Are you as excited as I am to learn that supersonic air travel is set to return by around the end of the decade?
Boom Technology’s Overture supersonic airliner is in design and has already received firm orders. So, unless the company is unable to meet its confirmed airline customer’s strict safety and operational requirements, it seems that supersonic air travel will once again be an option; something we have not seen for almost 20 years.
I missed out on the Concorde experience, so a trip on a Boom Overture is definitely going on my bucket list!
Boom Technology: A Company with Supersonic Ambitions
Boom Technology, the maker of the Overture, was founded in 2014 by Blake Scholl with the goal of making high-speed travel mainstream. Prior to founding Boom, Blake held leadership roles at Amazon and Groupon and co-founded the mobile technology startup Kima Labs.
The Boom Technology Company Mission is “to make the world dramatically more accessible.”
Boom Technology is headquartered in Denver, Colorado, USA, and its leadership team consists of a number of highly qualified engineers and executives. The governance of the company also includes oversight by an eminent advisory council which includes former senior executives from Boeing, the FAA, and the USAF.
Boom Overture: The Next Supersonic Commercial Aircraft?
The Boom Overture will be powered by four Rolls Royce turbofan engines, without afterburners to minimize noise and fuel consumption. The expected cruising speed is Mach 1.7 (1,300mph/2,080kph) over oceans, which is around twice the speed of current commercial aircraft.
It will fly subsonic at Mach 0.94 (720mph/1,160kph) over land and near coasts so that people on the ground will not be exposed to sonic booms. The Overture design team has worked hard to reduce take-off and landing noise, and the aircraft will meet the same regulatory noise levels as new subsonic aircraft.
The Boom’s cruising altitude will be 60,000ft (18,300m) and its maximum take-off weight (MTOW) is expected to be around 77 tonnes.
It will have a range of 4,250nm (4,888m/7,867km) with a full payload. This will allow non-stop transatlantic flights; however, transpacific flights would require a refueling stop.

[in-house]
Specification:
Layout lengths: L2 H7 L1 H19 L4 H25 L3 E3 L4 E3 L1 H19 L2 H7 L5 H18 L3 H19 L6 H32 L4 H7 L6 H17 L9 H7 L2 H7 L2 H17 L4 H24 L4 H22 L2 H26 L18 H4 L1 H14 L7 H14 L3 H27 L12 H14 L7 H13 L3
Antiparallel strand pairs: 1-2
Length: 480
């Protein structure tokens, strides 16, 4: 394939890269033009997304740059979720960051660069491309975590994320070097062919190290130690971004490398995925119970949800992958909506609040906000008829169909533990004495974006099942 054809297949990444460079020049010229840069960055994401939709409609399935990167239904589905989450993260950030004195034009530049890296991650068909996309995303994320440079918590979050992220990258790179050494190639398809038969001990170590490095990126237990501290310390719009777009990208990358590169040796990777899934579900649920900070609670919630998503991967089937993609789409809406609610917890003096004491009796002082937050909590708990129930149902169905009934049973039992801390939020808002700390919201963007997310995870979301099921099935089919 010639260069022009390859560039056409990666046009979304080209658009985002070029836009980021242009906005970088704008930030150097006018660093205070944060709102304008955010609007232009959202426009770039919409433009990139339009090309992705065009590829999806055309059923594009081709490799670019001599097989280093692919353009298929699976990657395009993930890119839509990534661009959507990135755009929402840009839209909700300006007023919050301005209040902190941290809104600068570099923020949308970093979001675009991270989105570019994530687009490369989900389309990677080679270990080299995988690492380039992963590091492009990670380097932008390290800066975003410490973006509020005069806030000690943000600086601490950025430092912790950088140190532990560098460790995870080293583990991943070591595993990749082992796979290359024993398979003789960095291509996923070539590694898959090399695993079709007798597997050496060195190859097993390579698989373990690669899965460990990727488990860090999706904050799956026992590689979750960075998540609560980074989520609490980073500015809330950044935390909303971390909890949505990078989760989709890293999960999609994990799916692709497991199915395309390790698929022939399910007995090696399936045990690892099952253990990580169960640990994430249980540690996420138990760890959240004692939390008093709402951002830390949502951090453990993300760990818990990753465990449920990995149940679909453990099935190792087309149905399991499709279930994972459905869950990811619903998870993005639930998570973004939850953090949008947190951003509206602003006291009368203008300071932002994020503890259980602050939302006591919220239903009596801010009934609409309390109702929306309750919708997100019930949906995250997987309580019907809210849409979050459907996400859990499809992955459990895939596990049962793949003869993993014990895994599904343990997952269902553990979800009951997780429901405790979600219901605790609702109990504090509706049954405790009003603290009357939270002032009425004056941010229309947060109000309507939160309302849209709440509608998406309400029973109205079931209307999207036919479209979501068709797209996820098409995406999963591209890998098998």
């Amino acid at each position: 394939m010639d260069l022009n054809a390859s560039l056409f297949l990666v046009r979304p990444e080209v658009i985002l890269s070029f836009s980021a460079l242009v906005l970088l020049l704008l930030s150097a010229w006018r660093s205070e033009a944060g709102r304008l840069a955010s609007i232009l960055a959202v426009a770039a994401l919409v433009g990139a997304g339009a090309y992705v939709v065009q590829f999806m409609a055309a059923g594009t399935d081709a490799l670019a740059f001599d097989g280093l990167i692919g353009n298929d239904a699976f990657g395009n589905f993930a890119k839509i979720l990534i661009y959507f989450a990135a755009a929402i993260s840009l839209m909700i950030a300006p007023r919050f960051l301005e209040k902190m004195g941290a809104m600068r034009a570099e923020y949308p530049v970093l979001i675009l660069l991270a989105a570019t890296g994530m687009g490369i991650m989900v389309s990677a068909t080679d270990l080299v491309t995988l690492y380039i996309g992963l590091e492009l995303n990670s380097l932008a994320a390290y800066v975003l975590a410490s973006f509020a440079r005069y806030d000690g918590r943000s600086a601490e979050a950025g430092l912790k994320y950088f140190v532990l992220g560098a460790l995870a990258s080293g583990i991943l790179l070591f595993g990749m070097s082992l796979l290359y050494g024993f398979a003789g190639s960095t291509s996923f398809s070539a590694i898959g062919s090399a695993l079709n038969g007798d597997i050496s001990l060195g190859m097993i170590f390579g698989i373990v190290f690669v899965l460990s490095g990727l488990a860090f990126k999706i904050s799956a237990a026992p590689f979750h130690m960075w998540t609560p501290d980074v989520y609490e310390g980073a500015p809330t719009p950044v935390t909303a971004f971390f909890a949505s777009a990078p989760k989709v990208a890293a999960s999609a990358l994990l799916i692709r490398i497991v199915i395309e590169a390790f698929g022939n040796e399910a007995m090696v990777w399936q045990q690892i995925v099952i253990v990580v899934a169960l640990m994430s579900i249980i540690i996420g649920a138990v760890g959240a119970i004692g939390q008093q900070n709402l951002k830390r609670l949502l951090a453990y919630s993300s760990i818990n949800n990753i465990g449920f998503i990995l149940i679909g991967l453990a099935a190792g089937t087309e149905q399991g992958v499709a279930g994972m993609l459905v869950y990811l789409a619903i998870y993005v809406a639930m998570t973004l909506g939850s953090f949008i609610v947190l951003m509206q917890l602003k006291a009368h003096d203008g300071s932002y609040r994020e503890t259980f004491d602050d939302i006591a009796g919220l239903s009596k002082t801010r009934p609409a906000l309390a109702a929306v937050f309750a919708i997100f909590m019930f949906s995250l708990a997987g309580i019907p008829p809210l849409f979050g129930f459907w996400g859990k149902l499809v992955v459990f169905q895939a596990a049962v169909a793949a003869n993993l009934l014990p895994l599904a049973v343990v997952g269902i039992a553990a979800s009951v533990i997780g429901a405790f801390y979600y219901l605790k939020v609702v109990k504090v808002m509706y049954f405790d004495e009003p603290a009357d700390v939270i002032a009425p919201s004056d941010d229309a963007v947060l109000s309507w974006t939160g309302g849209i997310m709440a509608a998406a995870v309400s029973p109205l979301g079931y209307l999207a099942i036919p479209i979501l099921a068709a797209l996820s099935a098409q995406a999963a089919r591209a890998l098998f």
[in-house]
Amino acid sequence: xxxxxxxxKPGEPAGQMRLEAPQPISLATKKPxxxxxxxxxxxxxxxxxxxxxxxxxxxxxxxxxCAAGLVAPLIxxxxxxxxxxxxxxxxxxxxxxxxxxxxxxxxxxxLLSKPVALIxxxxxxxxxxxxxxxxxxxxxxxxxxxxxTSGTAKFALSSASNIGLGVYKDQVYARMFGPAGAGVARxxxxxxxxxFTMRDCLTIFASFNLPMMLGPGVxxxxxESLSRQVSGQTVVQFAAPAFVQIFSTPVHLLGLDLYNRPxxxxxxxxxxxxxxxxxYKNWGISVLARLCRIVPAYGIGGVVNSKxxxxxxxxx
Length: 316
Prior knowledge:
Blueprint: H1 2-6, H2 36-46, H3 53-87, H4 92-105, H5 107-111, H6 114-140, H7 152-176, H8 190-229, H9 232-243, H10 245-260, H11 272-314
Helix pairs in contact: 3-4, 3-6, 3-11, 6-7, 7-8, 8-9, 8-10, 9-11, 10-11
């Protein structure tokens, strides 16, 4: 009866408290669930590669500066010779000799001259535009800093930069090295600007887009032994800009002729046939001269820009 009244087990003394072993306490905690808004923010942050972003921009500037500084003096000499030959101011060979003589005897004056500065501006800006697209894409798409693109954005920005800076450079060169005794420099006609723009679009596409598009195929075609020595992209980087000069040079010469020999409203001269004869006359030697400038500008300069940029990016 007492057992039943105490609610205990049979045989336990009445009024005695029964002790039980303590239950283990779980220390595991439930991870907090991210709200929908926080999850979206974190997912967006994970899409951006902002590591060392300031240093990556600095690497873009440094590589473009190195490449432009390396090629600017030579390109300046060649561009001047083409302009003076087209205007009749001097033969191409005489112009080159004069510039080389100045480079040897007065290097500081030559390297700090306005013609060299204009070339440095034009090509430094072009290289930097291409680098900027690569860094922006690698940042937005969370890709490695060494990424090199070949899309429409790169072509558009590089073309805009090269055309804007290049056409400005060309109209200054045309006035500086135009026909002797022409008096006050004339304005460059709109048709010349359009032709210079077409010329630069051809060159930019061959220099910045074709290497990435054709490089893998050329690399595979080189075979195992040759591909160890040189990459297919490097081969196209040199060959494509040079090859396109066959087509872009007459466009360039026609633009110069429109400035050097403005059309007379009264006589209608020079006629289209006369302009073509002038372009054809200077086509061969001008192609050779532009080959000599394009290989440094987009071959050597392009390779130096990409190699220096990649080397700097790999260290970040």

Boom Technology is designing the Overture to run on 100% sustainable aviation fuel (SAF), and the objective is the make this aircraft net carbon zero.
Dimensions and Key Design Features
The Overture will have a capacity of 65-80 passengers, and its key dimensions are as follows:
- Length: 201ft (61.3m)
- Wingspan: 106ft (32.3m)
- Height: 36 feet (11.0m)
Key design features are as follows:
- Contoured fuselage: The Overture’s fuselage will have a larger diameter toward the front of the aircraft and a smaller diameter toward the rear. This design technique optimizes airflow to minimize drag and maximize fuel efficiency at supersonic speeds.
- Compound modified delta planform: This improves supersonic performance and subsonic stability to maximize safety and efficiency.
- Carbon composite construction: This reduces the weight of the aircraft making it more fuel efficient, and more sustainable. These composites also maintain strength at high temperatures and expand and contract less than metal under supersonic conditions, allowing the Overture to fly at higher speeds more safely.
- Gull wings: These minimize drag and, therefore, engine thrust by allowing air to flow smoothly over and around the aircraft.
- Contoured wing profile: This reduces sonic shock and creates a swirling vortex along the entire wing surface to generate lift and reduce engine stress.
So far, it seems that Boom Technology has received more than 200 firm orders or options for the Overture, these include:
- American Airlines: 20 orders and 40 options
- United Airlines: 15 orders and 35 options
- Japan Airlines: 20 orders
- Virgin Group: 10 options
- An undisclosed European carrier: 15 options
The Overture will dramatically shorten flying times and allow airlines to offer a new flying experience on many key routes. Boom Technology’s stated flying times for example routes are as follows: